Изображения страниц
PDF
EPUB

Where early violets die
Under the willow.

Eleu loro !
Soft shall be his pillow.

10

15

There, through the summer day,

Cool streams are laving : There, while the tempests sway,

Scarce are boughs waving ; There thy rest shalt thou take,

Parted for ever, Never again to wake, Never, O never !

Eleu loro ! Never, O never !

20

25

Where shall the traitor rest,

He, the deceiver,
Who could win maiden's breast,

Ruin, and leave her ?
In the lost battle,

Borne down by the flying,
Where mingles war's rattle
With groans of the dying ;

Eleu loro !
There shall he be lying.

30

Her wing shall the eagle flap

O'er the falsehearted ;
His warm blood the wolf shall lap

Ere life be parted :
Shame and dishonour sit

35
By his grave ever ;
Blessing shall hallow it
Never, O never !

Eleu loro !
Never, O never !

40 SIR W. SCOTT.

193

LA BELLE DAME SANS MERCI

[merged small][merged small][ocr errors]

• O what can ail thee, knight-at-arms,

Alone and palely loitering ?
The sedge has wither'd from the Lake,

And no birds sing.
O what can ail thee, knight-at-arms !

So haggard and so woebegone ?
The squirrel's granary is full,

And the harvest's done. 'I see a lily on thy brow

With anguish moist and fever dew, And on thy cheeks a fading rose

Fast withereth too.'
'I met a Lady in the Meads,

Full beautiful- a fairy's child,
Her hair was long, her foot was light,

And her eyes were wild.
I made a garland for her head,

And bracelets too, and fragrant zone ;
She look'd at me as she did love,

And made sweet moan. ' I set her on my pacing steed

And nothing else saw all day long, For sidelong would she bend, and sing

A fairy's song. "She found me roots of relish sweet,

And honey wild and manna dew, And sure in language strange she said

"I love thee true.'s

15

20

25

30

She took me to her elfin grot,

And there she wept, and sigh'd full sore, And there I shut her wild wild eyes

With kisses four.

. And there she lulled me asleep,

And there I dream'd-Ah! woe betide ! The latest dream I ever dreamt

On the cold hill side.

35

'I saw pale Kings and Princes too,

Pale warriors, death-pale were they all ; They cried—“La belle Dame sans Merci Thee hath in thrall ! "

40

' I saw their starved lips in the gloam

With horrid warning gapéd wide, And I awoke and found me here

On the cold hill's side.

45

And this is why I sojourn here

Alone and palely loitering Though the sedge is wither'd from the Lake And no birds sing.'

J. KEATS.

194

5

THE ROVER
• A weary lot is thine, fair maid,

A weary lot is thine !
To pull the thorn thy brow to braid,

And press the rue for wine.
A lightsome eye, a soldier's mien,

A feather of the blue,
A doublet of the Lincoln green-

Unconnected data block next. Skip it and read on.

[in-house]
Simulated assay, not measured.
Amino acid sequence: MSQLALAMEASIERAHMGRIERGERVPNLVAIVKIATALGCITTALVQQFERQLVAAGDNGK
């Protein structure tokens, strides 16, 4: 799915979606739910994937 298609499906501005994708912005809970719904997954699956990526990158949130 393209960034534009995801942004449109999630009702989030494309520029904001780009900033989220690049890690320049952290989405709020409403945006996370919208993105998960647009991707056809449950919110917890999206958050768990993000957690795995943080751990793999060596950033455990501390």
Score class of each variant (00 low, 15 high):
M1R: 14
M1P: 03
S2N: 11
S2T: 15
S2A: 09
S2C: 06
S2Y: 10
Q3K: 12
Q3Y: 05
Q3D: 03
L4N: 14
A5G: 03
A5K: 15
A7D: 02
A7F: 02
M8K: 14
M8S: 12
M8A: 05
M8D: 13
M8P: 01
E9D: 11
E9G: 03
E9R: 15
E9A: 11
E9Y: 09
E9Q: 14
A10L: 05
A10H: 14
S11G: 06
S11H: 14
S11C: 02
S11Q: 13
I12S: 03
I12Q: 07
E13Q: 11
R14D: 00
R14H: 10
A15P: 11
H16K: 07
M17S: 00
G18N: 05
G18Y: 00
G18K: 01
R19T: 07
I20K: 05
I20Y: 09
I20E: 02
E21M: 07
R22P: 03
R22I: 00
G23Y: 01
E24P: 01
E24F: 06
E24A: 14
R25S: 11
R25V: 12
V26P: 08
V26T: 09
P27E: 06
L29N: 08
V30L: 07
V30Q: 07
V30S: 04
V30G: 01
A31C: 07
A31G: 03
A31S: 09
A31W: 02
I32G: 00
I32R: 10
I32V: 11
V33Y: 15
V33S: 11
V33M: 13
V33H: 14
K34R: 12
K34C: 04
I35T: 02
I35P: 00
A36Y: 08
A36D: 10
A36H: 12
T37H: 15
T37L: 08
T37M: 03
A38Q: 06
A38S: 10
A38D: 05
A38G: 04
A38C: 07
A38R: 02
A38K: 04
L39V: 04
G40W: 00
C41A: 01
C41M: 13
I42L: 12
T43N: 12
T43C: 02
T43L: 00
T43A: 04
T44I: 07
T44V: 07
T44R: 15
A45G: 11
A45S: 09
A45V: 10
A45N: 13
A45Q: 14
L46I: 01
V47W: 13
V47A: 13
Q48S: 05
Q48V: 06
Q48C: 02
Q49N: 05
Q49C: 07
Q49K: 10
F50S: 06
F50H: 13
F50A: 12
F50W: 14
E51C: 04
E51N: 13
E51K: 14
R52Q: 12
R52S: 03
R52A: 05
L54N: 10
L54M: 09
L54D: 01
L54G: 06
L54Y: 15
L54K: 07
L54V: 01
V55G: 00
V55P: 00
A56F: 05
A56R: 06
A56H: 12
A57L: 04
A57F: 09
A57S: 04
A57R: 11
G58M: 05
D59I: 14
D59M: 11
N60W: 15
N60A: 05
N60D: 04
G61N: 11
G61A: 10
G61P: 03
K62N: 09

No more of me you knew

My Love!
No more of me you knew.
* This morn is merry June, I trow,

The rose is budding fain;
But she shall bloom in winter snow

Ere we two meet again.'
He turn’d his charger as he spake

Upon the river shore,

10

15

He gave his bridle-reins a shake,
Said ' Adieu for evermore

My Love !
And adieu for evermore.'

20 SIR W. SCOTT.

5

195 THE FLIGHT OF LOVE When the lamp is shattered,

The light in the dust lies deadWhen the cloud is scattered,

The rainbow's glory is shed. When the lute is broken,

Sweet tones are remembered not ;
When the lips have spoken,

Loved accents are soon forgot.
As music and splendour
Survive not the lamp and the lute,

10 The heart's echoes render

No song when the spirit is muteNo song but sad dirges,

Like the wind through a ruined cell, Or the mournful surges

That ring the dead seaman's knell.
When hearts have once mingled,

Love first leaves the well-built nest ;
The weak one is singled
To endure what it once possest.

20 O Love! who bewailest

The frailty of all things here, Why choose you the frailest

For your cradle, your home, and your bier ? Its passions will rock thee

As the storms rock the ravens on high ; Bright reason will mock thee

Like the sun from a wintry sky.

15

25

From thy nest every rafter
Will rot, and thine eagle home

30 Leave thee naked to laughter, When leaves fall and cold winds come.

P. B. SIIELLEY.

196

THE MAID OF NEIDPATH

5

10

O lovers' eyes are sharp to see,

And lovers' ears in hearing ; And love, in life's extremity,

Can lend an hour of cheering.
Disease had been in Mary's bower

And slow decay from mourning,
Though now she sits on Neidpath's tower

To watch her love's returning.
All sunk and dim her eyes so bright,

Her form decay'd by pining,
Till through her wasted hand, at night,

You saw the taper shining.
By fits a sultry hectic hue

Across her cheek was flying ; By fits so ashy pale she grew

Her maidens thought her dying. Yet keenest powers to see and hear

Seem'd in her frame residing ;
Before the watch-dog prick'd his ear

She heard her lover's riding ;
Ere scarce a distant form was kenn'd

She knew and waved to greet him,
And o'er the battlement did bend

As on the wing to meet him.
He came—he pass'dan heedless gaze,

As o'er some stranger glancing ;
Her welcome, spoke in faltering phrase,

Lost in his courser's prancing

15

20

25

« ПредыдущаяПродолжить »